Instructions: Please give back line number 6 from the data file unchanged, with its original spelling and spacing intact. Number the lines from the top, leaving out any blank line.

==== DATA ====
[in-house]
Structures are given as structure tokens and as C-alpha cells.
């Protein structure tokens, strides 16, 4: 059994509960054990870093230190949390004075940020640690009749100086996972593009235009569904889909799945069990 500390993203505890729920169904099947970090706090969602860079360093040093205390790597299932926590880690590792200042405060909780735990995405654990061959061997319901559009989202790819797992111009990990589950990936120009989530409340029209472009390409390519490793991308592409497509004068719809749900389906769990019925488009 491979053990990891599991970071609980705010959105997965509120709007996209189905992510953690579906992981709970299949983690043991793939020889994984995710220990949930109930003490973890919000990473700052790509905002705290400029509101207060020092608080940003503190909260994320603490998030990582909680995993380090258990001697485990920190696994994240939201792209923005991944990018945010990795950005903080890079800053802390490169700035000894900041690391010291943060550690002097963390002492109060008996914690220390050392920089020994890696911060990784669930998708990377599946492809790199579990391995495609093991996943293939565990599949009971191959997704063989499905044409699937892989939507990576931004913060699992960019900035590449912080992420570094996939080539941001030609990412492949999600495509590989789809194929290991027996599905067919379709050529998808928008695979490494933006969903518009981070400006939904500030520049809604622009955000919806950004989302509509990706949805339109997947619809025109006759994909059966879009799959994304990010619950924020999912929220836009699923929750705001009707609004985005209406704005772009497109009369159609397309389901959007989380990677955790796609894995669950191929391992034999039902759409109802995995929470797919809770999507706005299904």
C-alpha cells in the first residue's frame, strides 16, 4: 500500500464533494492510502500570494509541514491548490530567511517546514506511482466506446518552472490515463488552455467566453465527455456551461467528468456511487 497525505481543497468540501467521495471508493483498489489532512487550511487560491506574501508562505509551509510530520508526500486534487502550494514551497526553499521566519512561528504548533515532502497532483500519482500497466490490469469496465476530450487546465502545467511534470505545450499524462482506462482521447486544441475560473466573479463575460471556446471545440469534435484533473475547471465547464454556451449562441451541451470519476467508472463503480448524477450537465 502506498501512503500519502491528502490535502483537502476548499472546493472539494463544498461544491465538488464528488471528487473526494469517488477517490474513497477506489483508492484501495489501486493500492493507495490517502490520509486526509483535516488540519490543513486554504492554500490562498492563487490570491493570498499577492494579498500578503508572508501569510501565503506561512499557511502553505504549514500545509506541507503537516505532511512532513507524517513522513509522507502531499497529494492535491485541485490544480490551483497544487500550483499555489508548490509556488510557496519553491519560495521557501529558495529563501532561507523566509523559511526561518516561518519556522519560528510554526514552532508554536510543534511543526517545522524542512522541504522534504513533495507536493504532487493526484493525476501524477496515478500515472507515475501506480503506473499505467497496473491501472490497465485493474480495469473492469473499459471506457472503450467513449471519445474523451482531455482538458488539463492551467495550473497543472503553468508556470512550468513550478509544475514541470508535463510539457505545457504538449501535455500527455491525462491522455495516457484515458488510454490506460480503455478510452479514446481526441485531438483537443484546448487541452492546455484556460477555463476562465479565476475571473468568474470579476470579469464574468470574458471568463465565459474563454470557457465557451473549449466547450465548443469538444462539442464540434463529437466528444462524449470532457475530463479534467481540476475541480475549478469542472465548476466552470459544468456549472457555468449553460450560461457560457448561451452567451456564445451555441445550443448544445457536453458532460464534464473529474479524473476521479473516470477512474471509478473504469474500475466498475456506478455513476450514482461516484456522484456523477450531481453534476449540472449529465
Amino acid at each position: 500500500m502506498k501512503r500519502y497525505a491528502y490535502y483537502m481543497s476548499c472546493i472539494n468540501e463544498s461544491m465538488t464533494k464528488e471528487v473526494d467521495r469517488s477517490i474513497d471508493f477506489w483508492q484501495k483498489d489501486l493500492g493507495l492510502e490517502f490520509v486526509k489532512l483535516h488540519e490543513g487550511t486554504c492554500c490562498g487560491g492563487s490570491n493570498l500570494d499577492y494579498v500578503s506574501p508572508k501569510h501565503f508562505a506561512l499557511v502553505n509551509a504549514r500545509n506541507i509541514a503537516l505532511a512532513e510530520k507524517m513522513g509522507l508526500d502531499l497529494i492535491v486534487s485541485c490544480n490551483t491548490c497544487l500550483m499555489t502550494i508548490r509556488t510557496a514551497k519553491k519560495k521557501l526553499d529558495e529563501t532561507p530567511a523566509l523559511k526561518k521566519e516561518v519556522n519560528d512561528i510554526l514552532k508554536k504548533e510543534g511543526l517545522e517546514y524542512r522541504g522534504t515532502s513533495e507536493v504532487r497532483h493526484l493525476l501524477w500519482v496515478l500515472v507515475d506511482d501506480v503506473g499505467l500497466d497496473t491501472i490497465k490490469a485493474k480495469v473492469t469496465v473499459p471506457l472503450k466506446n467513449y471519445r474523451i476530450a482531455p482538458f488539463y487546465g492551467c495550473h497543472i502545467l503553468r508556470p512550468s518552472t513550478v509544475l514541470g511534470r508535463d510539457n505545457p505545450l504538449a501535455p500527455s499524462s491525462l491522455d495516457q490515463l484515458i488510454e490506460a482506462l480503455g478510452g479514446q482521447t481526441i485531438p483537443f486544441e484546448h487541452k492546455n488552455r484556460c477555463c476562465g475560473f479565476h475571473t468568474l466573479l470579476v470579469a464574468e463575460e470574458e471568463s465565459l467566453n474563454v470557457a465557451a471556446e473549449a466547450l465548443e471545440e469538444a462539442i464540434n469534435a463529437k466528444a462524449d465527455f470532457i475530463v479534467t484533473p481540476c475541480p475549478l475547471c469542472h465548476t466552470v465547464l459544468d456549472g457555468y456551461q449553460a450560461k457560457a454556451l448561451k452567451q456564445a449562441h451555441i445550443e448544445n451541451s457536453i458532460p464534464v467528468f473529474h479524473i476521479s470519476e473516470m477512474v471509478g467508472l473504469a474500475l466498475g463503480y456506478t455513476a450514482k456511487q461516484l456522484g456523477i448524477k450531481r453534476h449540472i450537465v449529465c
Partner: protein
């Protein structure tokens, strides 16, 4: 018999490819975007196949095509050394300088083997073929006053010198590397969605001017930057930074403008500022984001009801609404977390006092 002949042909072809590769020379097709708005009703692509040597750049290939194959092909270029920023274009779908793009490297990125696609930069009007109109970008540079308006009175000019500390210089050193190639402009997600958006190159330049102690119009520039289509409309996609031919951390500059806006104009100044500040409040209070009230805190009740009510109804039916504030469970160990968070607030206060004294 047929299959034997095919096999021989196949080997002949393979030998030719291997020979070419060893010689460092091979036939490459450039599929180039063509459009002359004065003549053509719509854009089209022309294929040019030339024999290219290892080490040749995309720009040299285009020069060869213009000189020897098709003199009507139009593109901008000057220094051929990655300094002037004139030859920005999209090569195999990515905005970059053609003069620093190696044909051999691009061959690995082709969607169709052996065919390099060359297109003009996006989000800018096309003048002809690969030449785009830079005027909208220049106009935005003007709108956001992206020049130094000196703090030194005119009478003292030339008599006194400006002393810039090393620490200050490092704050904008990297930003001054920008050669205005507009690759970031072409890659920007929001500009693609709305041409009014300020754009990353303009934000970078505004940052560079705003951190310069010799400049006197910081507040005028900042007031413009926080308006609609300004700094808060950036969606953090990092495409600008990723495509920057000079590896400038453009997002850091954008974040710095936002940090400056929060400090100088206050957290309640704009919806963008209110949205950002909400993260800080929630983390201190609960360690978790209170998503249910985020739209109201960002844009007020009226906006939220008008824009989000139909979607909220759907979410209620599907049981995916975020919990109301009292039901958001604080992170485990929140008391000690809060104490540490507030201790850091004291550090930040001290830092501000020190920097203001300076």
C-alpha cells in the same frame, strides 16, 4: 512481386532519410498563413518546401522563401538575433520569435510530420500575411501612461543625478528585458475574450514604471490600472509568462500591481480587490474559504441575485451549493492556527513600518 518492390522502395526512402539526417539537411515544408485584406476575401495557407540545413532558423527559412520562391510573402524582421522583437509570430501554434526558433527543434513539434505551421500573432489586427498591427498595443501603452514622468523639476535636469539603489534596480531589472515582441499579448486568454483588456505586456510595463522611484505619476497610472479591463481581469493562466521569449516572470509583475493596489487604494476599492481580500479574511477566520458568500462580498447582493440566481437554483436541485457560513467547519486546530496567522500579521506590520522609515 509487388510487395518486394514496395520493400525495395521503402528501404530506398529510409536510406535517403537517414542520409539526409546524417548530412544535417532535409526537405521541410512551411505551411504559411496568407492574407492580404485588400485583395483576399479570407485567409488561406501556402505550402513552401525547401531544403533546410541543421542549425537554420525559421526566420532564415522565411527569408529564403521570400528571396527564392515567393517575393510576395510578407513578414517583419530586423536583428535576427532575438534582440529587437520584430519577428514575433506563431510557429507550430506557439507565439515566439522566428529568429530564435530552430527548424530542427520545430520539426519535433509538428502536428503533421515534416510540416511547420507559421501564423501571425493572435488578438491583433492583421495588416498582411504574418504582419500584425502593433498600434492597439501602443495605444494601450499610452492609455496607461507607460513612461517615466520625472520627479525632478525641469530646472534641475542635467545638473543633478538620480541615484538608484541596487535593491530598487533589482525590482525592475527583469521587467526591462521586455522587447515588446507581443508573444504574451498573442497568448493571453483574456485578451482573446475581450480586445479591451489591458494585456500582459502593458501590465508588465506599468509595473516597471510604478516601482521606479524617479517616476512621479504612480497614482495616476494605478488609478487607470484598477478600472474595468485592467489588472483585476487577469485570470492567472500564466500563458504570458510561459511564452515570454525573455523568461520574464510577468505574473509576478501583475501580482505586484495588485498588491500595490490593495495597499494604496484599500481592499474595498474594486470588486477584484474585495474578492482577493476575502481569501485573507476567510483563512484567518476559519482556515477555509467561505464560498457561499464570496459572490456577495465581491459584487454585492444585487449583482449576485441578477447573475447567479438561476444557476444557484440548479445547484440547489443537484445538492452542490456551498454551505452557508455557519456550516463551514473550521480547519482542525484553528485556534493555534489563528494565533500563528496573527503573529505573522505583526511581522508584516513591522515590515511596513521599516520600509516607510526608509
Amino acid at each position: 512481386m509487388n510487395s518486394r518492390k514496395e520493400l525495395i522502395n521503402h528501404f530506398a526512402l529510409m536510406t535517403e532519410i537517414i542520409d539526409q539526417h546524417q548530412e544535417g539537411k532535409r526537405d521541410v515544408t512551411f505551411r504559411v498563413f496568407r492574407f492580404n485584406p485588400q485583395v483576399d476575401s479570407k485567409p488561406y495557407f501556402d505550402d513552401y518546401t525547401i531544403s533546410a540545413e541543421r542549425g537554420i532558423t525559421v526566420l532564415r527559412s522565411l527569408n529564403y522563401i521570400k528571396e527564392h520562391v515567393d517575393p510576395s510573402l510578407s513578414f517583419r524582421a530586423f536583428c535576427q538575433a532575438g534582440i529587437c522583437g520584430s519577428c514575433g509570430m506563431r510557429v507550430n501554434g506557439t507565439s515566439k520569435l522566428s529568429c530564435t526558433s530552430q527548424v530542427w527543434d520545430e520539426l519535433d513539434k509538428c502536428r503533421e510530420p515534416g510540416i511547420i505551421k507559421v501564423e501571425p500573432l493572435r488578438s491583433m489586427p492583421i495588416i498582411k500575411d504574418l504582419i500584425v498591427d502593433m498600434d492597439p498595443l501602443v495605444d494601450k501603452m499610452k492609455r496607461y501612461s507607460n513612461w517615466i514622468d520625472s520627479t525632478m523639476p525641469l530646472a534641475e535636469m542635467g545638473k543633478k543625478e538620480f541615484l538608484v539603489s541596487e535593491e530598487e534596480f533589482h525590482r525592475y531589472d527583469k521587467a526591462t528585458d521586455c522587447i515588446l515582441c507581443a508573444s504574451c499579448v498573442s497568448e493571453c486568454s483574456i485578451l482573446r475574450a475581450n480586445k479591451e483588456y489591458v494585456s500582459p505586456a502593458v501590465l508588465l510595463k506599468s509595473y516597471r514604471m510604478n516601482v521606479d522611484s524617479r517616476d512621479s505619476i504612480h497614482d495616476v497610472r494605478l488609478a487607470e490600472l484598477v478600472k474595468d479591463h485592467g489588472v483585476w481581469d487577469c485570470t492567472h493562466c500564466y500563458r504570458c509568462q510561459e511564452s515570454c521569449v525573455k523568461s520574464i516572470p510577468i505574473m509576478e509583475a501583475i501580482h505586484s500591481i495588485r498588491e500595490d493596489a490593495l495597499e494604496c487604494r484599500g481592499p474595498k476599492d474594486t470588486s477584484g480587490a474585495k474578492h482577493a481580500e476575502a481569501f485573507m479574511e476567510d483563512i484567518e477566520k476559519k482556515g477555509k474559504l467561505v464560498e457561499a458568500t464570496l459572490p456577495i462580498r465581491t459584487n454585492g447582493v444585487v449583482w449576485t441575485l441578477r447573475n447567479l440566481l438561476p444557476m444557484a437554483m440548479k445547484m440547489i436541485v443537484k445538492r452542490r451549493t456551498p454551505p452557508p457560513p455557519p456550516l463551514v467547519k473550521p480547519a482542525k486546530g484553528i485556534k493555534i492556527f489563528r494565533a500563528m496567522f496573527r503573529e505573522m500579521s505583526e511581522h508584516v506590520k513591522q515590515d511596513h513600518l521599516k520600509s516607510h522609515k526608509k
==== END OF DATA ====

Partner: protein